Meet the Great Pyrenees, AKC's breed of the day


#1

[Read the post]


#2

Let’s not forget that coyotes are also terrified of Great Pyrenees and will avoid your yard or neighborhood if you have one.

Consider that a bonus.


#3

My favorite breed is “pound”, as in “mutt/anything from a shelter” - they truly are the best breed of dog.


#4

I think we agree.

It should not surprise us the giant breed dogs need a different sort of rescue than small breeds.


#5

A friend has some of these dogs. They look like they are pretty lovable, but we don’t have the room for a dog that big.


#6

I love mine! She’s the sweetest dog in the world with almost human eyes. Great breed!


#7

I am disappoint, no new Nemo pics!!

I can wait :smiley:

Eta

I reteact my disappoint , I see Nemo is on the front page. Thank you, I needed that.


#8

Did you forget to pack a Great Pyrannean?


#9

Yes, but I did remember my highland coo plushies.


#10


#11

Geez the expression in that second one is great.


#12

Those dogs have gorgeous doe-eyes. Real life anime characters lol.


#13

Compare #1 to this : http://i0.wp.com/media.boingboing.net/wp-content/uploads/2013/04/923110_4774975531689_1399252506_n.jpg

and jesus has he grown.


#14

Oh. My. Dog.

When I get back imma gonna start a pet picture/animal thread.


#15

It’s a bit disappointing that I can’t get info about the rescue org you mentioned without giving my info to Facebook. Any other sources of info about them you can link to?


#16

Sadly, not yet. We’re just getting organized. Essentially this rescue is springing from the ashes of the one who got me Nemo. The folks doing all the paperwork, etc are jamming along and we just got our 501c3 status, so I’ll post more about the rescue as soon as I can.

I am sorry, Facebook is what I got. Message me and I’ll get you an email of one of the people who knows whats what!


#17

Thank you kindly for offering, but my interest in Great Pyrenees is mostly academic at this point. We have two lovely Lab mix (maybe? who knows!) rescues already and we’re not ready for another dog yet.

But when the rescue you’re working for gets a proper web page up, I hope you’ll post about it again.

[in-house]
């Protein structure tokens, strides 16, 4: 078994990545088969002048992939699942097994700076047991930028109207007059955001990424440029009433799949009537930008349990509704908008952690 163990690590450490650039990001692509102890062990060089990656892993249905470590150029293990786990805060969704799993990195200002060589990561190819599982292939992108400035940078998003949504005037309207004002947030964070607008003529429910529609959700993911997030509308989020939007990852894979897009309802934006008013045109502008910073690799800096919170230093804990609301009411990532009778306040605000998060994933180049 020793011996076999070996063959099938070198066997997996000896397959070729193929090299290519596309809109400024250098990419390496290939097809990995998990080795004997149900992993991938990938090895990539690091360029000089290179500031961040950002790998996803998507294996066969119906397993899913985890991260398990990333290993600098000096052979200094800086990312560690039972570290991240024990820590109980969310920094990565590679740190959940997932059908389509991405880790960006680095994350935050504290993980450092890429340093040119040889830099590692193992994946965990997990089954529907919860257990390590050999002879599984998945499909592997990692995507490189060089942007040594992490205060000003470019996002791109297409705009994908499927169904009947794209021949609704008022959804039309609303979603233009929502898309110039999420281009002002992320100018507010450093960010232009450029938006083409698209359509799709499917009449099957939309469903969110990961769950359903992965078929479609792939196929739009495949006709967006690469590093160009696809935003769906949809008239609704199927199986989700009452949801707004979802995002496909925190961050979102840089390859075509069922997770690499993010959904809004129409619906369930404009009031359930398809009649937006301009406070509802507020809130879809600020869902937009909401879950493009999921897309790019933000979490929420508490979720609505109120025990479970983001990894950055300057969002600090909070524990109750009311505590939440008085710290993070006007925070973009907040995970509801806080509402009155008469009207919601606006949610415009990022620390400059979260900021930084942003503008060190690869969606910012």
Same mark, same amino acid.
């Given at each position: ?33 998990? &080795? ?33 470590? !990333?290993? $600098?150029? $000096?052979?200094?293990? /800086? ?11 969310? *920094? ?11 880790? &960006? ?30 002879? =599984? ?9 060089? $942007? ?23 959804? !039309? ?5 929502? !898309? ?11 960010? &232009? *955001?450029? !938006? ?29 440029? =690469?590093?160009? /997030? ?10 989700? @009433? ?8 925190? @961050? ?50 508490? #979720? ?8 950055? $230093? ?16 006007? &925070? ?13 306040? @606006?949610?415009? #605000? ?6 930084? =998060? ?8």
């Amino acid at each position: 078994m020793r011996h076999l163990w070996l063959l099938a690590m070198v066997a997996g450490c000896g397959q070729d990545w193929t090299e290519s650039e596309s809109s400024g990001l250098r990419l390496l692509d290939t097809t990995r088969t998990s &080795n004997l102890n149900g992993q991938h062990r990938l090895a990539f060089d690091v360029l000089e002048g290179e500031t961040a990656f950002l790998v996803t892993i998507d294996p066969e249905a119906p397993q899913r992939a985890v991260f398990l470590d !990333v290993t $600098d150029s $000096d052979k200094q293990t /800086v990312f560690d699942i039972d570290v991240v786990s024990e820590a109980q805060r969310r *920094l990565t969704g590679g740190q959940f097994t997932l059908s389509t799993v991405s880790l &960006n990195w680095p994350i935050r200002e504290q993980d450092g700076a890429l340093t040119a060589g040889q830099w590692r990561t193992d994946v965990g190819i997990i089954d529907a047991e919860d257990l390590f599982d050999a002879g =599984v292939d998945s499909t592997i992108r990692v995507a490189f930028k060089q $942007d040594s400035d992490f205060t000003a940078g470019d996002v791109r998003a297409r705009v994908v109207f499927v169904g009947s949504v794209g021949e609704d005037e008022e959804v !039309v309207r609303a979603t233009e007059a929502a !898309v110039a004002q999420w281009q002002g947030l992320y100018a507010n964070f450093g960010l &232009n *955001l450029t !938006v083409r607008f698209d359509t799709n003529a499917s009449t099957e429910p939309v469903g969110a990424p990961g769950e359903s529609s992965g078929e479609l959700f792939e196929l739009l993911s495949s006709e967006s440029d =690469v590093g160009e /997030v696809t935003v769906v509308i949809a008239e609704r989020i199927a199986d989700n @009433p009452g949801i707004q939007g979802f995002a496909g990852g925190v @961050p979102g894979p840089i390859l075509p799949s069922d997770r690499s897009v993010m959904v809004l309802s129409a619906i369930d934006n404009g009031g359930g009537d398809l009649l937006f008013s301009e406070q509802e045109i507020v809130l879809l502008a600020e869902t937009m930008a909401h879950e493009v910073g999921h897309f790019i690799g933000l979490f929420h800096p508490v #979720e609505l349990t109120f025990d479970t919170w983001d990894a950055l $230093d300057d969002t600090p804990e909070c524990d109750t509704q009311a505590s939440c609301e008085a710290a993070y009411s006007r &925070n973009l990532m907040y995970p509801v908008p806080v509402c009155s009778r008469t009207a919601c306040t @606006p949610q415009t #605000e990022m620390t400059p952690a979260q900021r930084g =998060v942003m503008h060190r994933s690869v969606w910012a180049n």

#18

oh, you can count on it. http://gprnc.org has great info


#19

Rescue organizations like you linked to are noble, difficult, and necessary organizations. If you can’t afford an interview, $500, and an appropriate home for a canine like that, you shouldn’t have one.

I spent years working on safe areas for my tree climbing, fence jumping, energetic doggie. I was approved by the adoption org, and it still took half her life to get her to a safe environment. And I knew what I was doing :slightly_smiling:

Some day I will be a volunteer. There are too many good canine friends that don’t have good homes yet, and so many people that could make good homes if they knew what was involved.

@jlw, keep it up.


#20

Big dogs strut down the street, others get out of their way. But the dogs are more likely to not notice people, rather than expect people to get out of their way. And yes, small dogs may scare the big dogs, though perhaps that begins because the small dogs may be noisy at seeing the big dog.

Yet the two can also interact, an amusing sight as the big lowers his head to the level of the small dog.

Maybe it’s age, or maybe training, but my sister’s Labrador likes to go fast, but doesn’t react until someone shows an interest. Then watch out, wagging tale and he may lick the person’s face. But there is a limit, he’ll often pull away and examine a tree. Like that time someone about ten years old asked to pat him, and then the rest of them swarmed him.

Kids ask to pat him, he’ll get closer to them when I say something. But every so often, an adult comes over and just pats him, the right way. Clearly someone who knows dogs, but maybe doesn’t have a dog now.

Then there’s the bulldog two houses over, who insists on stopping when he sees me, a very happy welcome from him.